June 3, 2006
Scammers looking to make a quick buck are targeting aircraft owners. Over the past six months, scammers from Thailand, Nigeria, and the Netherlands have been contacting aircraft owners who have their birds for sale.
Here's the scenario: You are selling your old Cessna 172 for $50,000. A potential "buyer" contacts you through a Web board or e-mail solicitation and offers to buy your aircraft. This person offers to pay you $55,000, if you agree to send them a $5,000 check for the difference.
You receive what looks like a legitimate check, so you send them the $5,000. But when you try to cash the check, you are told there are no funds in the account. You're out $5,000.
"The best way to protect yourself when selling an aircraft is to do some investigative work. Check out the party offering to buy the aircraft," said Woody Cahall, AOPA vice president of aviation services. "When you receive a check, make sure it is legitimate - get your money before sending a check for the difference."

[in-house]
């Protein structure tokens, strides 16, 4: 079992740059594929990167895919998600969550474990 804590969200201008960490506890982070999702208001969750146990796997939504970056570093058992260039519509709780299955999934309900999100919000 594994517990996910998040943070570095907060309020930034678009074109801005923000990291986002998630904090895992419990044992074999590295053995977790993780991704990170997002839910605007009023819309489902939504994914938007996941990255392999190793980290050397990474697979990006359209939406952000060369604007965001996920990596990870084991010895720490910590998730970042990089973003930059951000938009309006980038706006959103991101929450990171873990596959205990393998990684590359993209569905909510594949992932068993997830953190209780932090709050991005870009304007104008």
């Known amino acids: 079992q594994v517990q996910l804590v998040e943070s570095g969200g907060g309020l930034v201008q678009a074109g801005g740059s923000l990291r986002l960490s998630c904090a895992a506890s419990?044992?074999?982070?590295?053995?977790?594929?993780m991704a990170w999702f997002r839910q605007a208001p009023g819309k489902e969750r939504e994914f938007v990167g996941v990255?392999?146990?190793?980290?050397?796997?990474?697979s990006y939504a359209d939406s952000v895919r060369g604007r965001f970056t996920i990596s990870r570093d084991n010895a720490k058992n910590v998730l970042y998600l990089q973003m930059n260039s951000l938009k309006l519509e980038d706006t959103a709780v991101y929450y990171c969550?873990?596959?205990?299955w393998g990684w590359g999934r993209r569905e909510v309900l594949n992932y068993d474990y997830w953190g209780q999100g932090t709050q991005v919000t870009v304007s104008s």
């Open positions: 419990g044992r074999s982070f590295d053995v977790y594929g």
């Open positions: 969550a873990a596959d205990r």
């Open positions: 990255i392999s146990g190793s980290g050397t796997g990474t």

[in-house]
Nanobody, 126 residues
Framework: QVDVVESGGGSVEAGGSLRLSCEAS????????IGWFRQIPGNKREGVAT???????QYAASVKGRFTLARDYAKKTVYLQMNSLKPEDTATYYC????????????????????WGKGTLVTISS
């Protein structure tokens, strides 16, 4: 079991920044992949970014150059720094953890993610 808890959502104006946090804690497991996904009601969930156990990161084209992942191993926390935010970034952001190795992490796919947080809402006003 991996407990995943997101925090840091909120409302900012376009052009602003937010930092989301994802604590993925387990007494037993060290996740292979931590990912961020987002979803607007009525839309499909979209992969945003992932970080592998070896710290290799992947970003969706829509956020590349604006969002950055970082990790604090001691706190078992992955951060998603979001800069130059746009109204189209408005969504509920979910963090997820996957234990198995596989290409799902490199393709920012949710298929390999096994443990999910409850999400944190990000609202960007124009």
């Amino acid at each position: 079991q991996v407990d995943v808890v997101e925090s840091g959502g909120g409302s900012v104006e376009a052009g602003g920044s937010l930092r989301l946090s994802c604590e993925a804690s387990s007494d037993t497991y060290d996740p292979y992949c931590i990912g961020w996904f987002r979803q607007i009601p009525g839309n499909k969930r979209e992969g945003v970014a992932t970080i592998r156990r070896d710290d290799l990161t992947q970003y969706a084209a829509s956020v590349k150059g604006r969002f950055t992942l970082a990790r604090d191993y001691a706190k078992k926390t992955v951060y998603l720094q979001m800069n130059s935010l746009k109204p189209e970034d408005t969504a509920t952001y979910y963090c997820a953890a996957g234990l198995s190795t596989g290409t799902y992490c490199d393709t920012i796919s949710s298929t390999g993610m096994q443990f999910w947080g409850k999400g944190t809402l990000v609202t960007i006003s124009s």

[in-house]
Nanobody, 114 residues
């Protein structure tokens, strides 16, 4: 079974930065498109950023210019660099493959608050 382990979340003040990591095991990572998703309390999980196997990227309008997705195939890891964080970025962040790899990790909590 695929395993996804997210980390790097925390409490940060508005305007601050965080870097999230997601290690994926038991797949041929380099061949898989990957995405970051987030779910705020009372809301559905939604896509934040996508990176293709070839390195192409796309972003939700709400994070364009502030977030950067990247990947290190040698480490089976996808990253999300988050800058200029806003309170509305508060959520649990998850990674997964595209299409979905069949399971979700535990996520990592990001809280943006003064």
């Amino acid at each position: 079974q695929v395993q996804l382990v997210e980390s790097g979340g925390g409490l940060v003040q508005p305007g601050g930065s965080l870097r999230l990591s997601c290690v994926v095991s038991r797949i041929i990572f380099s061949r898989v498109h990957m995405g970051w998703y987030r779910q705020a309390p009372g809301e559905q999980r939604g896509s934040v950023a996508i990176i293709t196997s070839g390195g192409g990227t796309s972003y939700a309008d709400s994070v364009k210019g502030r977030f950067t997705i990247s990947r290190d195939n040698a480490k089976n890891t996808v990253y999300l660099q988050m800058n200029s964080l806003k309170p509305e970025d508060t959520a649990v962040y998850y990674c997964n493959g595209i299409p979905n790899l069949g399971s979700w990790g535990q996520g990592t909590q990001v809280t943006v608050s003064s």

If you have any questions about selling your aircraft, contact the AOPA Pilot Information Center weekdays between 8:30 a.m. and 6 p.m. Eastern time at 800/USA-AOPA or via e-mail.
March 6, 2006
The concept of implementing STCs on previously modified aircraft is known as "layering STCs," and doing it properly is paramount to safety.
The reopening of the government on Oct. 17 was welcomed by an aviation industry eager to get back to normal business.
The FAA's aircraft registry's closure under the government shutdown precludes aircraft deliveries and could freeze transactions affecting as many as 130 aircraft.
AOPA thanks our members for their continued support in protecting the freedom to fly.